Regulators have shut down banks in Maryland, Oklahoma and New York, lifting to 90 the number of U.S. bank failures this year.
The Federal Deposit Insurance Corp. said Friday it was appointed receiver of Bay National Bank and Ideal Federal Savings Bank, both based in Baltimore. Bay National Bank had $282.2 million in assets and $276.1 million in deposits as of March 31. Ideal Federal Savings Bank had $6.3 million in assets and $5.8 million in deposits.
The FDIC also took over Home National Bank in Blackwell, Okla., with $644.5 million in assets and $560.7 million in deposits, and USA Bank in Port Chester, N.Y., with $193.3 million in assets and $189.9 million in deposits.
Bay National Bank's deposits will be assumed by Bay Bank, FSB, based in Lutherville, Md., the FDIC said. Its branches will reopen Monday.
The FDIC approved the payout of the insured deposits of Ideal Federal Savings Bank after failing to find another institution to take over its operations.
RCB Bank in Claremore, Okla., will assume Home National Bank's deposits, the FDIC said, while Enterprise Bank & Trust agreed to buy $260.8 million of the bank's assets. New Century Bank in Phoenixville, Pa., agreed to assume USA Bank's deposits and most of its assets.
The closures bring to three the number of bank failures this year in Maryland. Bay National Bank's failure is expected to cost the deposit insurance fund $17.4 million, while Ideal Federal Savings Bank's closure is expected to cost the fund $2.1 million.
Home National Bank's failure will cost the fund an estimated $78.7 million. The cost of USA Bank's closure to the fund is expected to be $61.7 million.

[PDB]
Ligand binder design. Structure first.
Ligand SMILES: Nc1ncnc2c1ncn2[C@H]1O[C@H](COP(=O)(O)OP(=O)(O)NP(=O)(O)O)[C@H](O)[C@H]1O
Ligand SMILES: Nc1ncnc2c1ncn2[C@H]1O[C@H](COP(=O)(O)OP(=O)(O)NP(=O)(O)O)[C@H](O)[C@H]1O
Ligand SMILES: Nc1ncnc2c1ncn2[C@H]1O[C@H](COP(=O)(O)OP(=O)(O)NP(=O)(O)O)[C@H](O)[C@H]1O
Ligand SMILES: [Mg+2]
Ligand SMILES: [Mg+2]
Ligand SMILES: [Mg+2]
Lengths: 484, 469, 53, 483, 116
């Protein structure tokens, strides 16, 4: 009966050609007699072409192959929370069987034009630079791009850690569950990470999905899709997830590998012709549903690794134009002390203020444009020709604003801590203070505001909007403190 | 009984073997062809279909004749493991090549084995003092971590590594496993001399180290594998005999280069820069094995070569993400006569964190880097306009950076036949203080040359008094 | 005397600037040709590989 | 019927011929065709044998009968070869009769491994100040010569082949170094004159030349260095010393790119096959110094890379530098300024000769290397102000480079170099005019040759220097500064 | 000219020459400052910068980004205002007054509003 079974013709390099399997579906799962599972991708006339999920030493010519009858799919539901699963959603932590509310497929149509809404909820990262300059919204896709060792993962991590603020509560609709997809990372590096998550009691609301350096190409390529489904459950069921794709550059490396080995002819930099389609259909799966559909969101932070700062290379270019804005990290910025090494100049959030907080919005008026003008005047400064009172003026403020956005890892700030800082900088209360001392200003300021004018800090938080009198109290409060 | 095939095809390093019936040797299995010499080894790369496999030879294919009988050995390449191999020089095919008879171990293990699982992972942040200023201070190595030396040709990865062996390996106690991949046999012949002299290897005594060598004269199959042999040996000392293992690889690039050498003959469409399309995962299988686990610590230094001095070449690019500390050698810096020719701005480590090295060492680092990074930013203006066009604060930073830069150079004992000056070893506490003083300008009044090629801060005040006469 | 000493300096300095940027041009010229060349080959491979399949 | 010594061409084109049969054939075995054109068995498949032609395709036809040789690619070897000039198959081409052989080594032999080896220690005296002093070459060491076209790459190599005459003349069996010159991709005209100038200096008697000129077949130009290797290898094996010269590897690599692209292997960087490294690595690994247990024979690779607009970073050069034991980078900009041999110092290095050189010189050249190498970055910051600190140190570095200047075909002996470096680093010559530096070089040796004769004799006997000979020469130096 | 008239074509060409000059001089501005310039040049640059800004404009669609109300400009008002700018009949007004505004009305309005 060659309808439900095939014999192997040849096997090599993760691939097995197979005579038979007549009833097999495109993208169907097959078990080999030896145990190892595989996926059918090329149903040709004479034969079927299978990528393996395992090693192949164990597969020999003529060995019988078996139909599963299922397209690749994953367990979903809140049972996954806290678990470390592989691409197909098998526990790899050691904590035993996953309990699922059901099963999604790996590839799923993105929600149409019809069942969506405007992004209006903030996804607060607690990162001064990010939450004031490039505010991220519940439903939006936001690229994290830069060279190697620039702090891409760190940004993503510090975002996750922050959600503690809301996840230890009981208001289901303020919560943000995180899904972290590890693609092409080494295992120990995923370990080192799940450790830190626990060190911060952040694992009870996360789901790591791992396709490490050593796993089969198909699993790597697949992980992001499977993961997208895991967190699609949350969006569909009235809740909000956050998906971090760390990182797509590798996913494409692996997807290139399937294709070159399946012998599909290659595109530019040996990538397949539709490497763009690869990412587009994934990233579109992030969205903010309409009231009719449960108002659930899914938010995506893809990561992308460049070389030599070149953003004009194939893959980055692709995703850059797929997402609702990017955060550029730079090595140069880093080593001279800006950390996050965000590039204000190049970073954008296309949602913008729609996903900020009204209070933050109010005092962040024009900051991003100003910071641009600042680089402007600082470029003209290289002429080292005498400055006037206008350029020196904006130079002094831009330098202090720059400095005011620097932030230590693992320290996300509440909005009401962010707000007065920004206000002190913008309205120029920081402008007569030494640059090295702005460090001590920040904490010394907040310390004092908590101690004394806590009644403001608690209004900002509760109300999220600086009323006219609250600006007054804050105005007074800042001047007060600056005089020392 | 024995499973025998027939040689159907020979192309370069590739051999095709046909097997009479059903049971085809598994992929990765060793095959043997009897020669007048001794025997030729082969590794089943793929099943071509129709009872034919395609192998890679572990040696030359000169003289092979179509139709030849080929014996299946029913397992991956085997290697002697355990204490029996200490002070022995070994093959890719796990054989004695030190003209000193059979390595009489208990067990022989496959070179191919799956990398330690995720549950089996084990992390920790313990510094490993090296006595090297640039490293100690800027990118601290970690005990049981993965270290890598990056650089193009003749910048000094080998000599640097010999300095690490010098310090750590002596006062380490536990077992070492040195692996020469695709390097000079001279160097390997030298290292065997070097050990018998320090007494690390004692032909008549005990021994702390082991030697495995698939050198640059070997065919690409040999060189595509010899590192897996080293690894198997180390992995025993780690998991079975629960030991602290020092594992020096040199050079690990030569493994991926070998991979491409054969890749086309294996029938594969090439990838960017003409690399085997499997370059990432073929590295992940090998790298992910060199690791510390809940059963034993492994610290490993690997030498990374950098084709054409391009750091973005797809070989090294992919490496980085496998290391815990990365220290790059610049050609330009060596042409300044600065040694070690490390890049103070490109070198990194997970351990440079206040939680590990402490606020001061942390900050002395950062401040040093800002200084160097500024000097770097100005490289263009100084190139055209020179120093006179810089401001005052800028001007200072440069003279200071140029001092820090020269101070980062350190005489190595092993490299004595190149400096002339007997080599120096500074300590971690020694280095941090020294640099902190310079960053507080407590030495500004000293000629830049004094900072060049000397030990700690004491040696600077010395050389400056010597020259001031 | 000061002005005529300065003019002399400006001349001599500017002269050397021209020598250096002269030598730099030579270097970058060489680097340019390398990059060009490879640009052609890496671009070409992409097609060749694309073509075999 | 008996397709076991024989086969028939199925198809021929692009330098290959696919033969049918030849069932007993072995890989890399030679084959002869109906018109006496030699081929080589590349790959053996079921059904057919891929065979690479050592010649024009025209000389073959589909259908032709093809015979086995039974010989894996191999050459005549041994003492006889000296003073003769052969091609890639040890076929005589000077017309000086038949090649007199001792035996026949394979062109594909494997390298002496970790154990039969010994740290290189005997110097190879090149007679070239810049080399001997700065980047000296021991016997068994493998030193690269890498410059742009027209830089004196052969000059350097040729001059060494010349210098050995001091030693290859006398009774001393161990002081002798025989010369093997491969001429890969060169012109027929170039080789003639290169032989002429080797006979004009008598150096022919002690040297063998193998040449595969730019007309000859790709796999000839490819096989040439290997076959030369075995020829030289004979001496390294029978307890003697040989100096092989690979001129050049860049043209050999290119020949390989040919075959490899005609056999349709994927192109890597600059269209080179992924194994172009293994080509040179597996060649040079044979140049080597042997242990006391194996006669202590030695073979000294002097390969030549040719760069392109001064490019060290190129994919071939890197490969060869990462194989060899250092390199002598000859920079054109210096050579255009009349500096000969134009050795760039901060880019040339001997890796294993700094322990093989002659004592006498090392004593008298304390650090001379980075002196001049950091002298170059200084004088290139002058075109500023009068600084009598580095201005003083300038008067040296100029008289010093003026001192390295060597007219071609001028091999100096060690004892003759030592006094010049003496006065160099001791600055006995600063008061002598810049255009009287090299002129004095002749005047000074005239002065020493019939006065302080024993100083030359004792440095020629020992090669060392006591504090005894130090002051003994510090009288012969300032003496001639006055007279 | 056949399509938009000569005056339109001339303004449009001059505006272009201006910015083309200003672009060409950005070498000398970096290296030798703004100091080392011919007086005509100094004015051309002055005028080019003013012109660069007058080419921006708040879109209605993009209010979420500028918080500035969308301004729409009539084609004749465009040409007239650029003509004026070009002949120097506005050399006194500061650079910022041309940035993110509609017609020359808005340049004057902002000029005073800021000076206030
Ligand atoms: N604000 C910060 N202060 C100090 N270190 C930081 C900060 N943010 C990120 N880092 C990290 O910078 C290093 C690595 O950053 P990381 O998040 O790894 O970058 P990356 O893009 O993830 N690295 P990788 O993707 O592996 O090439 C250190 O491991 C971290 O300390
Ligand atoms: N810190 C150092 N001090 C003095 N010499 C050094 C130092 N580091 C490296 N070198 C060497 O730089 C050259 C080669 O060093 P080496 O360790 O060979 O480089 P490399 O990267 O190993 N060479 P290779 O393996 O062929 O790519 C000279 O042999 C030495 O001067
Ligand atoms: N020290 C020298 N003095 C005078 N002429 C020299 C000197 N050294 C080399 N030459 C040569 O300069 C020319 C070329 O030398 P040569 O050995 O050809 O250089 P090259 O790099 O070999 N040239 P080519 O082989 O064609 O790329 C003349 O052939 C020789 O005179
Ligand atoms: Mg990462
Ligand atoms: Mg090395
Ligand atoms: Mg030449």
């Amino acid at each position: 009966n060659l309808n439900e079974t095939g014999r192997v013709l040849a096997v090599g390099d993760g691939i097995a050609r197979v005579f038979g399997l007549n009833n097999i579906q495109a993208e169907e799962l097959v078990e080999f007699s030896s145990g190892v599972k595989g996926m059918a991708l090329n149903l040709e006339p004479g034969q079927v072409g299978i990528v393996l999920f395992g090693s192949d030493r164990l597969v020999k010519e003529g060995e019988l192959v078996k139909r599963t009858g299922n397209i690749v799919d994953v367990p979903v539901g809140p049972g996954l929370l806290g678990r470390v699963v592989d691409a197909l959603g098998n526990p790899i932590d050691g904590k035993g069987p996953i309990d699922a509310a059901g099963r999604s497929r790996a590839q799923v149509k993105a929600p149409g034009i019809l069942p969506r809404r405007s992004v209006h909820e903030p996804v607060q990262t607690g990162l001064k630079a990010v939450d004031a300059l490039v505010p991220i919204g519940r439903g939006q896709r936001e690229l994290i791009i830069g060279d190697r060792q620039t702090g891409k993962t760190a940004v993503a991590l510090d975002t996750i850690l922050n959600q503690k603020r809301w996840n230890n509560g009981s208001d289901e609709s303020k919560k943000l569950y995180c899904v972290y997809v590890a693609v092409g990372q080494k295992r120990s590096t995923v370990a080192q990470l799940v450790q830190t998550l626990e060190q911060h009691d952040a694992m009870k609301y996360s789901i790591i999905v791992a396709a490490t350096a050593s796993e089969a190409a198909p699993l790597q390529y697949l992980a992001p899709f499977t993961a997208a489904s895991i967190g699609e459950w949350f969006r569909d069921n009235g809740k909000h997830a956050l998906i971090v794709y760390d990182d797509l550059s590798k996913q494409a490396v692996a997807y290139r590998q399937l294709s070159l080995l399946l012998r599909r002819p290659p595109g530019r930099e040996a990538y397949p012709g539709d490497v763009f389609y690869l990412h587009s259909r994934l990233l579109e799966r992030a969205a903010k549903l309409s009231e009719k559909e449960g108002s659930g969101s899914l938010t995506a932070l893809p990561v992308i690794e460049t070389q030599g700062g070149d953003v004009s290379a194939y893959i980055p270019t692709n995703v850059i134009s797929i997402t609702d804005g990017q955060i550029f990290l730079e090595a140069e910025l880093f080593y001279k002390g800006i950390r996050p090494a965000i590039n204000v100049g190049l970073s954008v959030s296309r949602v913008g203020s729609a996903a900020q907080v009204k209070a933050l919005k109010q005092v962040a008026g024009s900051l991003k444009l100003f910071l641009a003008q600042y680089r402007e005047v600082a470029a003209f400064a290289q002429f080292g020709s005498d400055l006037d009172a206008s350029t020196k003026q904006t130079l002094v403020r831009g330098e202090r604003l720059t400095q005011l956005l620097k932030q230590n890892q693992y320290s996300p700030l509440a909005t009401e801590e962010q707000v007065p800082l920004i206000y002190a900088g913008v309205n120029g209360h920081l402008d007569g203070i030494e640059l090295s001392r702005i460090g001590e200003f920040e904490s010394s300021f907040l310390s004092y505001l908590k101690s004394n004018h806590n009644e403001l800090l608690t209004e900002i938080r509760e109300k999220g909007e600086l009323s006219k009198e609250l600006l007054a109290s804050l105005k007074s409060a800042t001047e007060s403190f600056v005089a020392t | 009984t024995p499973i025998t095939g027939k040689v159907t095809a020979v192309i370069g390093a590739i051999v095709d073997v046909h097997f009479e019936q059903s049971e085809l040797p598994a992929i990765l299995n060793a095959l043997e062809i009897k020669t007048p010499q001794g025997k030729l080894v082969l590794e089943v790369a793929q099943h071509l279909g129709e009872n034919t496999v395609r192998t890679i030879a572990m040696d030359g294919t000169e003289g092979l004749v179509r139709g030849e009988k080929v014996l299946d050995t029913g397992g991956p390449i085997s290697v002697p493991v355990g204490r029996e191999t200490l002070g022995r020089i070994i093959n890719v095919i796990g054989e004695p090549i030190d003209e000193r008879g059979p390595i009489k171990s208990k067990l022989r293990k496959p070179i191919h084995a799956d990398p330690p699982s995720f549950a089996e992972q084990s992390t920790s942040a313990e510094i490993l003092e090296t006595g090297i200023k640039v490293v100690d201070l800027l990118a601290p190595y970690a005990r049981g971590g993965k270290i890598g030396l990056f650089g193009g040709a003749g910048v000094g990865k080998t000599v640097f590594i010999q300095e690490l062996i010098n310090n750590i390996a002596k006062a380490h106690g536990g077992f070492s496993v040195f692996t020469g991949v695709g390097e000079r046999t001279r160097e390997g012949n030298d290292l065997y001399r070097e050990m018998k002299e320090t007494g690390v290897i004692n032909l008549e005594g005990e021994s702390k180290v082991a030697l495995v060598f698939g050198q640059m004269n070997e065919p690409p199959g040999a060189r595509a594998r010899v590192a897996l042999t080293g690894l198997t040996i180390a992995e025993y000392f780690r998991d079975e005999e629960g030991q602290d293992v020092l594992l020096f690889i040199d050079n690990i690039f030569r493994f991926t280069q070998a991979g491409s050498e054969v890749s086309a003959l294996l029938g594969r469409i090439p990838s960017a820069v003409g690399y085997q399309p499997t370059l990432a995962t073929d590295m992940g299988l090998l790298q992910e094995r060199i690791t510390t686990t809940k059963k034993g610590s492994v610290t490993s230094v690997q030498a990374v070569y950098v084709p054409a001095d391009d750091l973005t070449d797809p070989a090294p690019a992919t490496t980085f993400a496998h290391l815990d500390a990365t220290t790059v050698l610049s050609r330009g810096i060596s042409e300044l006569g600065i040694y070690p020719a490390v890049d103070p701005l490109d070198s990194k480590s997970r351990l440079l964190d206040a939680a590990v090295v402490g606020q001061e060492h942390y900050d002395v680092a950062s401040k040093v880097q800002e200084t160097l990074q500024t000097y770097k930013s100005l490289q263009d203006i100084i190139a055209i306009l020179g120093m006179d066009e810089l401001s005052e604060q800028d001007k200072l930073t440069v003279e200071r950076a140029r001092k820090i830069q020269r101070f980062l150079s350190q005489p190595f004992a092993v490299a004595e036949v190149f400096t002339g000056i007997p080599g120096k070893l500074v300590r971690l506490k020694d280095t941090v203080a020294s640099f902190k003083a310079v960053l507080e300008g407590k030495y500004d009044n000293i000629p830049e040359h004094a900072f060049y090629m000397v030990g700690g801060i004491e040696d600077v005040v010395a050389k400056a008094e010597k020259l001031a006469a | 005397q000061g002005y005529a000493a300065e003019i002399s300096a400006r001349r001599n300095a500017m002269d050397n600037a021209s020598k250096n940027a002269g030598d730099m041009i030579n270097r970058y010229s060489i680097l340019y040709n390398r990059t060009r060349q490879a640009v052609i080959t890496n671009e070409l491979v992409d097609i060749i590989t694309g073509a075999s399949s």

With 90 closures nationwide so far this year, the pace of bank failures far outstrips that of 2009, which was already a brisk year for shutdowns. By this time last year, regulators had closed 45 banks. The pace has accelerated as banks' losses mount on loans made for commercial property and development.
The number of bank failures is expected to peak this year and be slightly higher than the 140 that fell in 2009. That was the highest annual tally since 1992, at the height of the savings and loan crisis. The 2009 failures cost the insurance fund more than $30 billion. Twenty-five banks failed in 2008, the year the financial crisis struck with force, and only three succumbed in 2007.
As losses have mounted on loans made for commercial property and development, the growing bank failures have sapped billions of dollars out of the deposit insurance fund. It fell into the red last year, and its deficit stood at $20.7 billion as of March 31.
The number of banks on the FDIC's confidential "problem" list jumped to 775 in the first quarter from 702 three months earlier, even as the industry as a whole had its best quarter in two years.
A majority of institutions posted profit gains in the January-March quarter. But many small and midsized banks are likely to continue to suffer distress in the coming months and years, especially from soured loans for office buildings and development projects.
The FDIC expects the cost of resolving failed banks to total around $60 billion from 2010 through 2014.
The agency mandated last year that banks prepay about $45 billion in premiums, for 2010 through 2012, to replenish the insurance fund.
Depositors' money — insured up to $250,000 per account — is not at risk, with the FDIC backed by the government.
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